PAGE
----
Apple, Google, Microsoft Want Gov Surveillance Curtailed
Eight U.S. tech companies have sent a joint letter to President Obama and Congress asking for changes in the way governments collect personal data through the web. Apple, Facebook, Google, LinkedIn, Microsoft, Twitter, Yahoo, and AOL all believe that the bulk collection methods used today have gone too far. Referencing details that were exposed by Edward Snowden earlier this year, the companies said, "This summer's revelations highlighted the urgent need to reform government surveillance practices worldwide. The balance in many countries has tipped too far in favor of the state and away from the rights of the individual–rights that are enshrined in our Constitution." The companies want governments to target individuals rather than everyone, and suggest that consumers and businesses alike will not use technology they don't trust. "Governments have put this trust at risk, and governments need to help restore it," said Brad Smith, general counsel for Microsoft. Microsoft recently said that it would increase the encryption it uses in an attempt to prevent government snooping. In the letter, the companies suggest five principles of reform, including the use of an independent way to oversee national security and more freedom to offer details about government record requests publicly.
Facebook to Make Its Instant Articles Compatible with Google, Apple Formats
Facebook wants content to be more readable across the web and took steps this week toward that goal by tweaking the SDK for its Instant Articles. Facebook's Instant Articles give publishers a way to streamline content for consumption on mobile devices, but Instant Articles aren't compatible with the mobile-first styles used by Google and Apple.
Google Uses Machine Learning to Tweak Sheets
Google today rolled out new features for its Sheets spreadsheet application. Most of the new features target the desktop-based version of Sheets.
Apple Debuts HomePod, Its Competitor to Google Home and Amazon Echo
Apple today announced the HomePod, a new in-home speaker similar to the Google Home and Amazon Echo. It features the Siri voice-based assistant and can act on spoken requests with a focus on music.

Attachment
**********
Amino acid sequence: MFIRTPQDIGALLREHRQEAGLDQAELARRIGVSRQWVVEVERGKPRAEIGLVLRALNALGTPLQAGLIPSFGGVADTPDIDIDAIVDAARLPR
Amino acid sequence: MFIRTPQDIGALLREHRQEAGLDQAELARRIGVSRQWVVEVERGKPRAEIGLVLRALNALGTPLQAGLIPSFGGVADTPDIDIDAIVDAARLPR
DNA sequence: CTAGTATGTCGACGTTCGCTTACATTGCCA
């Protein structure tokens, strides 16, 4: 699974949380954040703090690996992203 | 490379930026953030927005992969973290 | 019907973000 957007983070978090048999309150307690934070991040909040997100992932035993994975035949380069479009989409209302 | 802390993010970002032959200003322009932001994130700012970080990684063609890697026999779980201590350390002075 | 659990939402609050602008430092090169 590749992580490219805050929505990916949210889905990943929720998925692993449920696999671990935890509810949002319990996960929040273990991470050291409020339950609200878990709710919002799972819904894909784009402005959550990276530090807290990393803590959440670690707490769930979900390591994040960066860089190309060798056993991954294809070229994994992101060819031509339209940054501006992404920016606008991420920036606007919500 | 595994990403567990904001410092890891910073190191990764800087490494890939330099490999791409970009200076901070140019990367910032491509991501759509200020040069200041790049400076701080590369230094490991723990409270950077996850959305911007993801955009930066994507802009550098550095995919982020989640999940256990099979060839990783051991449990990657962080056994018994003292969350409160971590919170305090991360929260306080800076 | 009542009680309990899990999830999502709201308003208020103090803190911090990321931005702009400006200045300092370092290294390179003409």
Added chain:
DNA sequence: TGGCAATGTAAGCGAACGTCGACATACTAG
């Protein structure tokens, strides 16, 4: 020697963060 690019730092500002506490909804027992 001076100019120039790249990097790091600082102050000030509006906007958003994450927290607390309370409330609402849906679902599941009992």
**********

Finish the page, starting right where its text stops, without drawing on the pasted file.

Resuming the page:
Microsoft Boosts OneDrive, Outlook.com Security
Microsoft today revealed it has taken steps to further protect user data by encrypting some of its key services. Moving forward, Microsoft's Outlook.com email service is protected by Transport Layer Security encryption for both inbound and outbound mail.
I call BS...
Everyone of these companies has helped the government get access to our data 9 ways to sunday, employees for each of them directly assisted the government in multiple ways and yet they can still half-truthfully say "we never gave them Direct Access".
Well what about indirect access thru your API, like to all the other customers you sell my info to? How about access to internal dev tools that arent available through your API?
We only know these facts, and the corps are only "protesting", because Snowden told us they were listening.
How Noble of these companies to stand up for my rights, Im sure its not because...
Those companies make most of their money by collecting that data and if they have it the government has it (being plugged deep into the actual lines being used).
This is an obvious attempt to get yokels to go "hey these nice companies are gonna stop that nasty stuff they been talking about on the news" - and it'll probably work.
Now it'll be another 6-12 months until another whistleblower gets threatened with execution for bringing up the elephant in the server room again.
But hey I would rather have them have all my information then the government. At least I know they just want to give me ads. Who know what the gov't wants to do with...
Apple, Google, Microsoft all agree
Love the hypocrisy ...
Internet companies complaining about online surveillance of user behavior and data mining .... love the hypocrisy.
So……they’ll go silent, when they get paid for the transfer of data to governments.
Do internet corporations respect privacy? C’mon, really.